Installing a firewall (ie, a handful of iptables rules) is somewhat overkill, you should only be running software that can be told to listen on specific IPs (ie, listen locally only). iptables kills network performance, so only use it if you must.

Running the actual httpd/db/maild/etc on a vm that itself is stored on an encrypted image is rather popular. You can boot the machine and do basic maintenance on the VM (ie, back up everything), but you can't start it or read the image unless you have the passphrase. Its basically a ghetto way of doing LOM cheaply, especially if your VM has its own IP and the host isn't masquerading for the VM.

Bare metal over VPS only stops one single attack: host reading VM memory. Which, for financial things, is worth it for some people.

Having your own hardware coloed instead of leasing a dedi is not going to increase security: others still have causal physical access to your rack, so you'll need to rent your own locked cage if you want to take paranoia the whole 9 yards.
1097  Economy / Securities / Re: [GLBSE] Diablo Mining Company (DMC) on: May 16, 2012, 05:38:26 PM
Ive added ABM to the swap list.
1098  Bitcoin / Hardware / Re: [ANN] ShaLab on: May 16, 2012, 03:40:00 PM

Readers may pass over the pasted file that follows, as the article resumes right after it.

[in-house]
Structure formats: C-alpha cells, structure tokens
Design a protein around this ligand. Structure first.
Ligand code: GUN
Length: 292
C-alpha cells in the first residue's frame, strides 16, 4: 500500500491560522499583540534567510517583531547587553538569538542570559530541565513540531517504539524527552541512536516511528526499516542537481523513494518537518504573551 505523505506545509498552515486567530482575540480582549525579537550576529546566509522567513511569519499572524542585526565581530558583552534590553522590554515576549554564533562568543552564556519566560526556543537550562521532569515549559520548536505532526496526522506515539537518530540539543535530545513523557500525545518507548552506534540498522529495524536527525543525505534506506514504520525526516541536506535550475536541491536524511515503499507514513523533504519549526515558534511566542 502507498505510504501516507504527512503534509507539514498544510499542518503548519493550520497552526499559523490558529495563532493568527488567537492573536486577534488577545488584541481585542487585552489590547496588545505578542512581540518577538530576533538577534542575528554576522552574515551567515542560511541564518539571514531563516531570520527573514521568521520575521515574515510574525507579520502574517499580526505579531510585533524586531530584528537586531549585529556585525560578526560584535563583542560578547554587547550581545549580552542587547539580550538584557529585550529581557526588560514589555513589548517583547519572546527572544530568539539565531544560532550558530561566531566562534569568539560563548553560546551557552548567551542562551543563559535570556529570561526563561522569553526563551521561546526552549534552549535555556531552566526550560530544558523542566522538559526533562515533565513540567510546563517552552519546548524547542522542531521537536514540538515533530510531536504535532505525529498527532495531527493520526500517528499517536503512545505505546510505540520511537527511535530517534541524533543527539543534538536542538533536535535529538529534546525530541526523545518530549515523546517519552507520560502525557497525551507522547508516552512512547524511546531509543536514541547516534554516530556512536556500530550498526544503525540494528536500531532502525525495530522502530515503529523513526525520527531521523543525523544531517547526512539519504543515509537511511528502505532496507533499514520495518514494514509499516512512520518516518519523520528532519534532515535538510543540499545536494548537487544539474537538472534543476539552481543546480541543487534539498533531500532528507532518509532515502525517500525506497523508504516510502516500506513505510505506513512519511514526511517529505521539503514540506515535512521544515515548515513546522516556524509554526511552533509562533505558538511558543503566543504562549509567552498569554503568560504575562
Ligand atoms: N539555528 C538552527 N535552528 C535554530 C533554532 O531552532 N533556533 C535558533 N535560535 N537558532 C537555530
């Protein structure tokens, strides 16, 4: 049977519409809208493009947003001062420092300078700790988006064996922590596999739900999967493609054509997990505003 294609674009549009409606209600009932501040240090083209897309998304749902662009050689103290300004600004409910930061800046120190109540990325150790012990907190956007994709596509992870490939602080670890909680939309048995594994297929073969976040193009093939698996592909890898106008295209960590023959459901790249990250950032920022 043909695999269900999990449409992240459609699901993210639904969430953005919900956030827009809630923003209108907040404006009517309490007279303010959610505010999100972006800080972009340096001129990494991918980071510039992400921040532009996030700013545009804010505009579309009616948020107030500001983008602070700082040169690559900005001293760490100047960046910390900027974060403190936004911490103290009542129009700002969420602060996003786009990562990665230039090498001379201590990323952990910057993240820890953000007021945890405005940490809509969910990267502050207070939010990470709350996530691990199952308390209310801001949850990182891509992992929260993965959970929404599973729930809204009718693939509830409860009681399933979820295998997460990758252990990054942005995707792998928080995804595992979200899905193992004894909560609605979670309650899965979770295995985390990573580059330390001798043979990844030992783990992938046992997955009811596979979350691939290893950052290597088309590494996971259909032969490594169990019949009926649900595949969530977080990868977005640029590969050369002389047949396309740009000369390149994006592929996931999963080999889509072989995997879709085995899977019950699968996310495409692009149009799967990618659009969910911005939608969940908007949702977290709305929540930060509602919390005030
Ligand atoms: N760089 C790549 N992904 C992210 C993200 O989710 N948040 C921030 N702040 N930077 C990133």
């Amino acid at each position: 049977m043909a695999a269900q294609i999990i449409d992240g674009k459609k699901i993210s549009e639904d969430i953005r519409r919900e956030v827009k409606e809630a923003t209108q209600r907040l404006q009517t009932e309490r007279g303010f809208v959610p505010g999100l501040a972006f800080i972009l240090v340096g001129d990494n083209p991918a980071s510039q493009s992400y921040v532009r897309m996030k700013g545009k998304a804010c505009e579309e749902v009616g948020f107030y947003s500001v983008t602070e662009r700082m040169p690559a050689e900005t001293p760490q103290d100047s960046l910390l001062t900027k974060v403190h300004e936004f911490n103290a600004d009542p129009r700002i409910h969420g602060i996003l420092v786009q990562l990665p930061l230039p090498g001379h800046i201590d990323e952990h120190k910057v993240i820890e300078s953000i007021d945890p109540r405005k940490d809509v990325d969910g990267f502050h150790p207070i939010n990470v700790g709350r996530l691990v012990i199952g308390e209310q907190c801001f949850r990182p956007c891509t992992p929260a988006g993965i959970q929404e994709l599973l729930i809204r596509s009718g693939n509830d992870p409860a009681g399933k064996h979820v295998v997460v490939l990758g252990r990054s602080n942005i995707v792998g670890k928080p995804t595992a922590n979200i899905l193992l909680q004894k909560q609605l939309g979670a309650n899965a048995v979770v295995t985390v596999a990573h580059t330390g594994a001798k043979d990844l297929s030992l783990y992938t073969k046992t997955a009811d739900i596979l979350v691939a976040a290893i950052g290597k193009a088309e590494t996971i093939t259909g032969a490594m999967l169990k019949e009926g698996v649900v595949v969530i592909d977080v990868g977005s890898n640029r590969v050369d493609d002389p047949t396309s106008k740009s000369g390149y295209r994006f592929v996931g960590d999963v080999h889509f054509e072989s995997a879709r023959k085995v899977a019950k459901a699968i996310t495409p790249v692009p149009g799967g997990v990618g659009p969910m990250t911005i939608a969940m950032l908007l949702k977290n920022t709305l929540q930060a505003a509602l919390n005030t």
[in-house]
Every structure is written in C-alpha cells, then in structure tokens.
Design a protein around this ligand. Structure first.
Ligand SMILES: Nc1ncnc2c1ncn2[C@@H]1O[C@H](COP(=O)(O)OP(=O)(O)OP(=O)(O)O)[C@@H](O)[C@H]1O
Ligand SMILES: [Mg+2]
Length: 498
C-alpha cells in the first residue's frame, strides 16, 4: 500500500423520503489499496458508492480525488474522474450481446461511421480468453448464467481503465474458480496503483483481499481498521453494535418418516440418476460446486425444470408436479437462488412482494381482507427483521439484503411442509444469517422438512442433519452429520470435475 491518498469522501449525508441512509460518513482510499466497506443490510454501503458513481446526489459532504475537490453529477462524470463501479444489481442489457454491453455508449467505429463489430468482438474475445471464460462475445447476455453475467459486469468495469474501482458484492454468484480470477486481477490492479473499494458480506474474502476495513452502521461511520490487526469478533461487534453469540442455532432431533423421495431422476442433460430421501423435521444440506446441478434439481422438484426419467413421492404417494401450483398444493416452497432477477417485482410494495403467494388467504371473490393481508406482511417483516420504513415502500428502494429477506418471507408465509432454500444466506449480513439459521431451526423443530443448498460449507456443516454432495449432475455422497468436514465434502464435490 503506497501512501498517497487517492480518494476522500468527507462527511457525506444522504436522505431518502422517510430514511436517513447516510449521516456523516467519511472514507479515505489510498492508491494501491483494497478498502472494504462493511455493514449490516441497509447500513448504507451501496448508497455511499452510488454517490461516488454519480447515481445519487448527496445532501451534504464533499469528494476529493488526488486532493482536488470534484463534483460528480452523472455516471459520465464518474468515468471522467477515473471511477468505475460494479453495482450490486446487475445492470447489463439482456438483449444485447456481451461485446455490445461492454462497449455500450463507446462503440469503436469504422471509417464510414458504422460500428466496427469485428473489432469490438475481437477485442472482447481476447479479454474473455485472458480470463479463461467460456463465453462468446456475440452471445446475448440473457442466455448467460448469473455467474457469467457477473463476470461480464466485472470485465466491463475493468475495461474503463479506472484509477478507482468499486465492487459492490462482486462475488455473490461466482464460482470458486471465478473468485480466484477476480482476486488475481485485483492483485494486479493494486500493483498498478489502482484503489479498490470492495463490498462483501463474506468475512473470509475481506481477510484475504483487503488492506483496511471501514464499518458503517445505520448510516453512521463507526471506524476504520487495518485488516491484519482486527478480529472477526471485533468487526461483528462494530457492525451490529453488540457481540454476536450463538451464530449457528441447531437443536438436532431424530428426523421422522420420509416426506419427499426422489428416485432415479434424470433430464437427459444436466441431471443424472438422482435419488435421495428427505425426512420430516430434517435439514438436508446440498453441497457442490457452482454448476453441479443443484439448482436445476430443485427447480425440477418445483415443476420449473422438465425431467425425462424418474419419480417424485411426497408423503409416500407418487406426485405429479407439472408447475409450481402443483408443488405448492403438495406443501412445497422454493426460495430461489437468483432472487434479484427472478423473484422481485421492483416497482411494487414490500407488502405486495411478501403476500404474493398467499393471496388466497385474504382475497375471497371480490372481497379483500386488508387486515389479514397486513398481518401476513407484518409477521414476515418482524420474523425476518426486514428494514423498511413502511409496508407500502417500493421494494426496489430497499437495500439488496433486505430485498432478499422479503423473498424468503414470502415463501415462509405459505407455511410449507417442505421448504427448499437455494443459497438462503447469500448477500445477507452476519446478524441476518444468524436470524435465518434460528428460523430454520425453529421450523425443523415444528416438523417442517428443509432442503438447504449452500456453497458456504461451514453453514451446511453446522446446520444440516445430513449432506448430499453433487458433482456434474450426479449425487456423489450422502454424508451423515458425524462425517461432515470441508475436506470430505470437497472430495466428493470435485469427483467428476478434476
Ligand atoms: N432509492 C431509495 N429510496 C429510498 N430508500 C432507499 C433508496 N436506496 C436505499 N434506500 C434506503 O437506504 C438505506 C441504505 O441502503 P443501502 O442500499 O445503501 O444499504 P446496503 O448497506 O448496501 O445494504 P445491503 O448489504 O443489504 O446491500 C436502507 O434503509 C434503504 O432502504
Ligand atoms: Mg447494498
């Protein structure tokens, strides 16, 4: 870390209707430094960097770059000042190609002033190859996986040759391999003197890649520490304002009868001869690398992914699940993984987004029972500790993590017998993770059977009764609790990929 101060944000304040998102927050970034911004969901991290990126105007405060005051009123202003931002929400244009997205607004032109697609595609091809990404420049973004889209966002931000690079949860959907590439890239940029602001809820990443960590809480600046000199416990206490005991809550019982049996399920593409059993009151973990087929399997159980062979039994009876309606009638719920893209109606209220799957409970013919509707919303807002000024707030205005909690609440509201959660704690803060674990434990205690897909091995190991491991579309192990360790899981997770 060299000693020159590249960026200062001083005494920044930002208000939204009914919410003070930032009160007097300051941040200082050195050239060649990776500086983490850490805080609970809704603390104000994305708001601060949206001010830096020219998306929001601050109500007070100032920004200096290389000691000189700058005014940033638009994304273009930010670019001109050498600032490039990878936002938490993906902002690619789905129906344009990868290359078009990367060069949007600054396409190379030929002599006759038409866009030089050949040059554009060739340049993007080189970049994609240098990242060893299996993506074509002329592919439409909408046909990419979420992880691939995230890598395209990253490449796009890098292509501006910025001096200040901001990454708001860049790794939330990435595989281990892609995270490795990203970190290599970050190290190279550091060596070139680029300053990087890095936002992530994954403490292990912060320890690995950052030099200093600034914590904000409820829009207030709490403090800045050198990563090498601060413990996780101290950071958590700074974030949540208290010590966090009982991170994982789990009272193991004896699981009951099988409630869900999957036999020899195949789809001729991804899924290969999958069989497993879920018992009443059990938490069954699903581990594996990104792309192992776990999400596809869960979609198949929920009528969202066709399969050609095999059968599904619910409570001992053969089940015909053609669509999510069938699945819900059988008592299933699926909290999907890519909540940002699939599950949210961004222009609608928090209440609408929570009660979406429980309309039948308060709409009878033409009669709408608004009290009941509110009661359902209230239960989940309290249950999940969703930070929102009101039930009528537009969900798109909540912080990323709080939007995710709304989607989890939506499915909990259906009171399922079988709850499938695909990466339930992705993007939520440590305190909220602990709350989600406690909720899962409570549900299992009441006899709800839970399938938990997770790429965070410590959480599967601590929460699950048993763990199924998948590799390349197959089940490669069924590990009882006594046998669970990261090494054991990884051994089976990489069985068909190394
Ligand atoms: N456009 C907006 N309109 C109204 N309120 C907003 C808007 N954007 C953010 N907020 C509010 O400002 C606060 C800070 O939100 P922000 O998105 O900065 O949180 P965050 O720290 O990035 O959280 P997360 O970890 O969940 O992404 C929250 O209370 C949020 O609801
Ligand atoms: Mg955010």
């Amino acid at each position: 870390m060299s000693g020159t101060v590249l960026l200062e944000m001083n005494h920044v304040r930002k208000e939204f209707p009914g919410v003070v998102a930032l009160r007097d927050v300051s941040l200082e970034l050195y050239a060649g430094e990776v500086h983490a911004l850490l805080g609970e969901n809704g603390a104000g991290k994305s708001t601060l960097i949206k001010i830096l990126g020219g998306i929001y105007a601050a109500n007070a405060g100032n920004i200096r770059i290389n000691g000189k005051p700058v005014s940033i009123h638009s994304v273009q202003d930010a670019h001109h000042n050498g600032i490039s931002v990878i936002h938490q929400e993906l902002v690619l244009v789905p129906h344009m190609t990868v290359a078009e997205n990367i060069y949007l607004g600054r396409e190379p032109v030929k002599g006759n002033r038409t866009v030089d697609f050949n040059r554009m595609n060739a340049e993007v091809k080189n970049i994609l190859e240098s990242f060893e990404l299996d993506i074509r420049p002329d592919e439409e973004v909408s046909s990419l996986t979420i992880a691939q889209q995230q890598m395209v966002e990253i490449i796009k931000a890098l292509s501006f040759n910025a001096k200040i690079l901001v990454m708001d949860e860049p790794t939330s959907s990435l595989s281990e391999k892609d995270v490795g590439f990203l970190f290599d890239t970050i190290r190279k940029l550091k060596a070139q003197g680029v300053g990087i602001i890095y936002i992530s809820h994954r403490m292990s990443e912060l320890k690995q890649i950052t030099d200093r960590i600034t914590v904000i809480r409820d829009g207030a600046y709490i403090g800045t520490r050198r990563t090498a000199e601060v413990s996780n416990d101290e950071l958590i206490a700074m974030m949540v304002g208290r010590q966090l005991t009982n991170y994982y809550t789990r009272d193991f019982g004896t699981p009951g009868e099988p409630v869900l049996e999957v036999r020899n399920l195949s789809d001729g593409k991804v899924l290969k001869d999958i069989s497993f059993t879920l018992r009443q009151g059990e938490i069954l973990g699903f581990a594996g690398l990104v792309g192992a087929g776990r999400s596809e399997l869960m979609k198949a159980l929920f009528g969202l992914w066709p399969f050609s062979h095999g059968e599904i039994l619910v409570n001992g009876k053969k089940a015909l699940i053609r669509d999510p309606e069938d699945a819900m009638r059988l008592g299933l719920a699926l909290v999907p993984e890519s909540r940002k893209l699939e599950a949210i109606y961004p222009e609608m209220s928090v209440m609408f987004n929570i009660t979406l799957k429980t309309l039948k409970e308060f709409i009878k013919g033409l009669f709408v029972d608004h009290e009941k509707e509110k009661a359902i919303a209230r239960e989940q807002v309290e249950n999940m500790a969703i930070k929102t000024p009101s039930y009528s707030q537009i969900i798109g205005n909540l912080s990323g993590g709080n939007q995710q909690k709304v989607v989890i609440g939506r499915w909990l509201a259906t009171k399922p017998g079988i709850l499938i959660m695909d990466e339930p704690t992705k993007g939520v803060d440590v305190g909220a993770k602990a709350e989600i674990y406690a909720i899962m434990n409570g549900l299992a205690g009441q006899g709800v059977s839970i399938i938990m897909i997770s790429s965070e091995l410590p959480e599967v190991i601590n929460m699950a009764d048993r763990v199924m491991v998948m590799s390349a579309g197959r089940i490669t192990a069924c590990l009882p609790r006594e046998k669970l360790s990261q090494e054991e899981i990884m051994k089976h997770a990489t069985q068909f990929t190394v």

scam

You keep using that word. I do not think it means what you think it means.
1099  Economy / Securities / Re: [GLBSE] Diablo Mining Company (DMC) on: May 16, 2012, 02:33:16 AM
Due to popular request I've added FPGA.Contract and YABMC for the trade offer.
1100  Bitcoin / Hardware / Re: CAIRNSMORE1 DUAL AND SINGLE VERSIONS on: May 15, 2012, 09:49:49 PM
This is one big difference that you will find with FPGAs and a big advantage over GPUs especially when loading isn't constant for whatever reason. A XC6SLX150 FPGA can run from a few hundred mA when an easy design is loaded or throughput is reduced. The actual current depends highly on the clocking rates and the design loaded. From what I have seen the best GPUs still take about half the power when lightly loaded.

We selected 12A capability given what other boards seem to use i.e. 8-10A. Runnning in the 8-10A zone also works with our regulator choice and it is in a better efficiency band than when running at 12A.

In the unlikely occurance of a fault our sectioned power also allows a faulty section to be turned off and also limits damage should a short occur. It would be much worse if we had a single 48A supply and that got shorted also taking down the whole board at the same time. 48A tends to vapourise tracks and do significant damage to anything on the current path.

Yohan

A lot of people are requesting this feature, and I hope you think about this for future products: use programmable VRMs. A lot of people want to undervolt their FPGAs to increase efficiency at the end of their effective mining lives and it would increase sales over the BFL juggernaut.
Pages: « 1 ... 5 6 7 8 9 10 11 12 13 14 15 16 17 18 19 20 21 22 23 24 25 26 27 28 29 30 31 32 33 34 35 36 37 38 39 40 41 42 43 44 45 46 47 48 49 50 51 52 53 54 [55] 56 57 58 59 60 61 62 63 64 65 66 67 68 69 70 71 72 73 74 75 76 77 78 79 80 81 82 83 84 85 86 87 88 89 90 91 92 93 94 95 96 97 98 99 100 101 102 103 104 105 ... 118 »
Sponsored by , a Bitcoin-accepting VPN.
Powered by MySQL Powered by PHP Powered by SMF 1.1.19 | SMF © 2006-2009, Simple Machines Valid XHTML 1.0! Valid CSS!